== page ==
Can Home Improvements Be Tax Deductible?

Can Home Improvements Be Tax Deductible?

If you are like most homeowners, you probably have a laundry list of things that you need to do around your home. From minor repairs to home improvements, every homeowner has projects to complete. However, home improvements and other projects are expensive. With the costs of supplies and building materials today, a project around your house could mean a significant investment. As a result, many people often wonder if home improvements are tax deductible.

In general, you cannot deduct the cost of home improvements. The majority of remodels, renovations, improvements, and repairs to your home are considered personal expenses, which are not tax deductible. However, in some cases, you might be able to impact your tax responsibilities due to home improvement expenses. Let’s look at a few situations when home projects can factor into your taxes.

Tax Basis


Money that you spend on your home can be placed into two categories. For tax purposes, the cost of home improvements is different from the cost of repairs. Capital improvements are projects that add value to your home, prolong its life, or adapt it for new uses. While there is no exhaustive list of qualified capital improvements, things such as building an addition, adding a new swimming pool, building a new roof, or installing a new central air HVAC system would qualify. For older homes, if you decide to get the foundation repaired and waterproofed with help from a St. Charles county foundation repair company, that could count as a capital improvement as well. Since waterproofing and repairs can increase the value of a home, not to mention prolong its life, they should ideally fall into the category. Capital improvements might also include adding an extra water heater, installing storm windows, or putting in an intercom or home security system. These kinds of improvements can be added to your tax basis.

Your tax basis is the amount of money you’ll be able to subtract from the sales price of your home to determine your profit. This will help to reduce your tax liability should you sell your home. According to current law, the first $250,000 of profit from the sale of your principal residence is tax-free. That number increases to $500,000 for couples. If you sell your home for a larger profit, you will be required to pay a capital gains tax. However, if you keep detailed receipts for your improvement projects, you can subtract those costs from the final sales price of your home. Be sure to invest in some good tax folders to hold all of your invoices and receipts.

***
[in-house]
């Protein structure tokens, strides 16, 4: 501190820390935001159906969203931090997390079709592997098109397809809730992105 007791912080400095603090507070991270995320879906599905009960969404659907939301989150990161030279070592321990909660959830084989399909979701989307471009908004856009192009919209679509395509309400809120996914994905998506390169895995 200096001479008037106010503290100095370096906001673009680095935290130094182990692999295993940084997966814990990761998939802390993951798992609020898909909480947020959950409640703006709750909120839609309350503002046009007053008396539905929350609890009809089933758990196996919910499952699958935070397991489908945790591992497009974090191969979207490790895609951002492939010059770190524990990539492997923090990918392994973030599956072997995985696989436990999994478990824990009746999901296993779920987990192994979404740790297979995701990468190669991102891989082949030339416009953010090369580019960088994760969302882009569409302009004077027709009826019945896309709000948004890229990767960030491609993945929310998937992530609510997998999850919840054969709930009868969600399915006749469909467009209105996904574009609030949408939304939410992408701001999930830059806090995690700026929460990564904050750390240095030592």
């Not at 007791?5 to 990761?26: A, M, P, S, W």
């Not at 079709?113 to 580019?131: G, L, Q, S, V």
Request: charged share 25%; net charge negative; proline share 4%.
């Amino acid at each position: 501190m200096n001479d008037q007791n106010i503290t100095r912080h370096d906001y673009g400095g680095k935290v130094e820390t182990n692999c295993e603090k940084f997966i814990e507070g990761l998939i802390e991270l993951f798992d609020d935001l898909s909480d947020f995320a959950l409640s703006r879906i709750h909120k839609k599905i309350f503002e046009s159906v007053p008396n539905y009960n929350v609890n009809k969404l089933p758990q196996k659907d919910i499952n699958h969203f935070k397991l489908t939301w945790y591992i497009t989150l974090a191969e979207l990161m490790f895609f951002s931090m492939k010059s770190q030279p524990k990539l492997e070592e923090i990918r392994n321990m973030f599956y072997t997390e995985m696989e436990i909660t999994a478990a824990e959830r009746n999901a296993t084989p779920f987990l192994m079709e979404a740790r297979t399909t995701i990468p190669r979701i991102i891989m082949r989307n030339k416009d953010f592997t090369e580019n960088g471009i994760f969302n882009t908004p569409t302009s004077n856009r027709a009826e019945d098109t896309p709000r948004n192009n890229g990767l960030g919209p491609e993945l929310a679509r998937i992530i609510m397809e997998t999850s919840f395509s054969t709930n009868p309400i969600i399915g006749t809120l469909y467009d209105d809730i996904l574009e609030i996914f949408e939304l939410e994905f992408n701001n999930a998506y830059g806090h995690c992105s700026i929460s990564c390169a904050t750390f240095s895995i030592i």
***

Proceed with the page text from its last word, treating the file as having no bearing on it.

Home Office

Home projects can be tax deductible if they qualify as part of your home office deduction. To qualify for a home office deduction, you must have a legitimate business that is based out of an area in your home. This part of your house must be used exclusively and regularly for your business. However, if you qualify for a home office, you can deduct 100 percent of the cost of improvements you make to your home office.

If you have clients or customers visiting your home office, you may need to invest in other renovation projects such as a bathroom remodel. If you need a bathroom for your business, you can write those expenses off as a part of your home office. Depending on where you live, you can search for “bathroom remodeling Odessa, TX,” for example, to find a contractor willing to do the work. Their fees and charges will be tax deductible if they are related to your home office operations.

Aside from the scenarios discussed, certain energy-saving home projects such as adding solar panels or installing specific energy-efficient equipment can yield a tax break. In general, improvements and projects around your home are not tax deductible unless they are part of your home business. While you can use the cost of capital improvements toward your tax basis, you won’t be able to use it unless you sell your home. You should consult with a tax professional if you have specific questions about your situation.

David Robertson